• PT Youtube
  • CW Facebook
  • CW Linkedin
  • CW Twitter
4/20/2018 | 1 MINUTE READ

New blast resistant fabric from Porcher Industries

Facebook Share Icon LinkedIn Share Icon Twitter Share Icon Share by EMail icon Print Icon

New para-aramid based fabric has been developed to provide soldiers with an extra level of protection against improvised explosive devices (IEDs) in garments worn next to the skin.

Share

Facebook Share Icon LinkedIn Share Icon Twitter Share Icon Share by EMail icon Print Icon

In response to the long term demand and requests of soldier’s agencies including the UK MoD DSTL and the USA DoD PEO, a new para-aramid based fabric by the Aerospace and Defense Business Unit for Porcher Industries (Eclose-Badinières, France) has been developed to provide soldiers with an extra level of protection against improvised explosive devices (IEDs). The new fabric is light in weight and designed for use in garments worn next to the skin.

Ever since their parallel development in both the US and Europe in the early 1970s, para-aramid fibres have undoubtedly saved many lives. As a class of strong synthetic fibres, with extremely high temperature resistance they have been employed to manufacture gloves, sleeves, jackets, chaps and other articles of protective clothing designed to protect users from cuts and abrasions, as well as heat. They also form the basis for multiple-layered, reinforced fabrics as the leading choice for bullet-proof vests.

Para-aramid based protective fabrics are also often considerably lighter and thinner than their equivalents made of more traditional materials, such as metallic fibres or densely-woven cloth.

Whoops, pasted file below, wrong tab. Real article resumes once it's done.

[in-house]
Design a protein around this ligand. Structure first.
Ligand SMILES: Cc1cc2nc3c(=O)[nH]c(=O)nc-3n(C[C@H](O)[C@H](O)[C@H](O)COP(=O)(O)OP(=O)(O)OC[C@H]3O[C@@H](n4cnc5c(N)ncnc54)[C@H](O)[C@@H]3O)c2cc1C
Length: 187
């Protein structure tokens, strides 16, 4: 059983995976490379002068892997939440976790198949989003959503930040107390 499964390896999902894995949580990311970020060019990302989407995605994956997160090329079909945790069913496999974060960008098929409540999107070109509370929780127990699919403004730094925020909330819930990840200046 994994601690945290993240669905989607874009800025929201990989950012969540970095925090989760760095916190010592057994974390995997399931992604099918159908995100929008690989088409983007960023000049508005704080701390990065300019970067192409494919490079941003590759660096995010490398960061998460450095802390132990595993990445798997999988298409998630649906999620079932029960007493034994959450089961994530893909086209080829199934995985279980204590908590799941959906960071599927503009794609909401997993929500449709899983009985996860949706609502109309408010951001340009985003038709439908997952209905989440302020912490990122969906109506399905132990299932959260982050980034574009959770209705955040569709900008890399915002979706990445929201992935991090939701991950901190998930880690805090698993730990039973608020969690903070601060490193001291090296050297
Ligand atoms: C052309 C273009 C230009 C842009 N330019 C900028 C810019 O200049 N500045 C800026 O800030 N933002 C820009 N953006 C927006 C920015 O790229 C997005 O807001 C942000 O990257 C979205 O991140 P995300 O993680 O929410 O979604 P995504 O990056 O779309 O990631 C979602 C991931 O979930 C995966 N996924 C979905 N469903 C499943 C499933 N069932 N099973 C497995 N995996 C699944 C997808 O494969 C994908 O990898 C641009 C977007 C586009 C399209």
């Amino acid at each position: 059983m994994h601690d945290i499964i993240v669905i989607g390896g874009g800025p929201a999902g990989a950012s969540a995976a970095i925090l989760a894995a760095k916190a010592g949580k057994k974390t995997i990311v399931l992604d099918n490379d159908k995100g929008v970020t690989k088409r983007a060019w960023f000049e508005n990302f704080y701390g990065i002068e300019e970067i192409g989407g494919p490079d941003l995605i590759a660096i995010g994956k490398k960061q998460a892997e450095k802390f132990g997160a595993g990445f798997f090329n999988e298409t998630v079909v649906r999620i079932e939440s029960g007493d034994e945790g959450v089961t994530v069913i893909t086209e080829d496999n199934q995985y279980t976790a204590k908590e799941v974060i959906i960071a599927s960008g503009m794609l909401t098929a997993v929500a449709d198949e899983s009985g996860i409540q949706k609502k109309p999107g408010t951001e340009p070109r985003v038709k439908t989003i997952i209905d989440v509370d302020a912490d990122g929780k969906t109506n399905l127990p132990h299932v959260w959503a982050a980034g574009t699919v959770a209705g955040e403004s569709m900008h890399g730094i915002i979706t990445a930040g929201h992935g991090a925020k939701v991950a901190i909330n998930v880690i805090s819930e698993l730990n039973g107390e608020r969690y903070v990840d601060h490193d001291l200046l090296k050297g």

“Our newly developed material has undergone a full range of both bullet and fragmentation tests and is proven to protect against fragments which are propelled at lower speeds,” says Charlie Exton, a defence specialist at Porcher Industries. “Because it’s so light it takes out the dust, glass and small stones that can be blown at people and penetrate regular fabrics when an IED goes off. In an emergency situation, the medics can find the larger metal pieces easily enough, but when it comes to hundreds of stone and dirt fragments it becomes difficult, so it’s preferable to be equipped against them. It’s an issue the military is currently looking at around the world, in moving to the next step in personal protection for soldiers.”

RELATED CONTENT

  • Supply and demand: Advanced fibers

    Demand for advanced fiber, virgin and reclaimed, is on an upswing after a dip during the recent recession. Fiber suppliers are gearing up to meet an expected increase in demand as manufacturers in a number of composites end-markets scale up or start up part development and production programs

  • JEC World 2017 exhibit preview

    JEC World will be held March 14-16 in Paris. CW previews some of the products and technologies that will be at the show.

  • CAMX 2016 Show Report

    The 3rd annual joint ACMA/SAMPE-sponsored trade event comes to Anaheim with an exhibition and conference program attractive to professionals across the composites world.

Related Topics

Resources